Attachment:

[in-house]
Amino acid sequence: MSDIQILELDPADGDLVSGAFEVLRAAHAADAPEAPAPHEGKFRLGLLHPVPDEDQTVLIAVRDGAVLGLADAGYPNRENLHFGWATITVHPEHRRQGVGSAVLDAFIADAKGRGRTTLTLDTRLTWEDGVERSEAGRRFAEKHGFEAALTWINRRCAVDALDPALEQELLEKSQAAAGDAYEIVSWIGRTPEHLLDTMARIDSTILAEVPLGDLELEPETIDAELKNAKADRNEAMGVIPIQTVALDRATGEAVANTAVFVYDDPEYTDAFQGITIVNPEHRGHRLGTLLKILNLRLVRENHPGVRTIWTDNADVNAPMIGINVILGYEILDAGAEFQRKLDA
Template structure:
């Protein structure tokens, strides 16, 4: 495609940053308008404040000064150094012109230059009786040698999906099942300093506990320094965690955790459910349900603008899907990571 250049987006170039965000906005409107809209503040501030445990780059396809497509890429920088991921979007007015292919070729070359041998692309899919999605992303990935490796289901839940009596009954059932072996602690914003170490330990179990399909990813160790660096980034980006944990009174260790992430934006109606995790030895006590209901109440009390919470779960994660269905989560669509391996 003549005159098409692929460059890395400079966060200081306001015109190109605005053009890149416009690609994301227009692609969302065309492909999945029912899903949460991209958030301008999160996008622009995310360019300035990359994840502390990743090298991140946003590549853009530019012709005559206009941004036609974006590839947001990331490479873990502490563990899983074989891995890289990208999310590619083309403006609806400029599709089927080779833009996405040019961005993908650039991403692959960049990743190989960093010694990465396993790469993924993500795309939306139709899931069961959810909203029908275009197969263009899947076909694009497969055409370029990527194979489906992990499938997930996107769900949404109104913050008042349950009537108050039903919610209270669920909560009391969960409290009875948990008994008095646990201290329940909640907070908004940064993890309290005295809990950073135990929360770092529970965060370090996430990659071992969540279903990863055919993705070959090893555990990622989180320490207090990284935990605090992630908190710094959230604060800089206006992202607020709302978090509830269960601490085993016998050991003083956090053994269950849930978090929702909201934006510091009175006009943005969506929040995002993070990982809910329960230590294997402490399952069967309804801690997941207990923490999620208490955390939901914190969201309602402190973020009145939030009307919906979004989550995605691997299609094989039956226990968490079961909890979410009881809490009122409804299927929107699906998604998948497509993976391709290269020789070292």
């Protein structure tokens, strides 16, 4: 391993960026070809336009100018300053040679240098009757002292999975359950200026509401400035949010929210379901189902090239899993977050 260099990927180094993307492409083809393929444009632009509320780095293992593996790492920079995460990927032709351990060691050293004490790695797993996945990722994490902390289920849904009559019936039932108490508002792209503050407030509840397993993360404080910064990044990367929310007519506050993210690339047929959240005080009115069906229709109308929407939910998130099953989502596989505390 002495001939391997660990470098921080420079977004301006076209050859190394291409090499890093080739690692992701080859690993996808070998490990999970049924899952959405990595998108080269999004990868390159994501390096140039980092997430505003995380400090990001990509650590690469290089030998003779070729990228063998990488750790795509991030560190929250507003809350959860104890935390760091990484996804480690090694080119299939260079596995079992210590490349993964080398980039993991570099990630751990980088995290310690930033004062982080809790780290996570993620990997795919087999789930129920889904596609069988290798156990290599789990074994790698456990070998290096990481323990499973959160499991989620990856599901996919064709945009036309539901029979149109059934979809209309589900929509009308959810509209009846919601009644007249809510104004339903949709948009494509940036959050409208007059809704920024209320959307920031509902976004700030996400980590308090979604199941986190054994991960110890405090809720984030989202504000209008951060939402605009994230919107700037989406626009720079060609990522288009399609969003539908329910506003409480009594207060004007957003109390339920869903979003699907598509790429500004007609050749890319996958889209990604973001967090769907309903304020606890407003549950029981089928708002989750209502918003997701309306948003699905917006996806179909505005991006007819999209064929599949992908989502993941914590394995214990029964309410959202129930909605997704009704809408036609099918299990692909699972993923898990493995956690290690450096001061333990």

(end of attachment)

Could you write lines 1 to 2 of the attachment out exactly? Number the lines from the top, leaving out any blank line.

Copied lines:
[in-house]
Amino acid sequence: MSDIQILELDPADGDLVSGAFEVLRAAHAADAPEAPAPHEGKFRLGLLHPVPDEDQTVLIAVRDGAVLGLADAGYPNRENLHFGWATITVHPEHRRQGVGSAVLDAFIADAKGRGRTTLTLDTRLTWEDGVERSEAGRRFAEKHGFEAALTWINRRCAVDALDPALEQELLEKSQAAAGDAYEIVSWIGRTPEHLLDTMARIDSTILAEVPLGDLELEPETIDAELKNAKADRNEAMGVIPIQTVALDRATGEAVANTAVFVYDDPEYTDAFQGITIVNPEHRGHRLGTLLKILNLRLVRENHPGVRTIWTDNADVNAPMIGINVILGYEILDAGAEFQRKLDA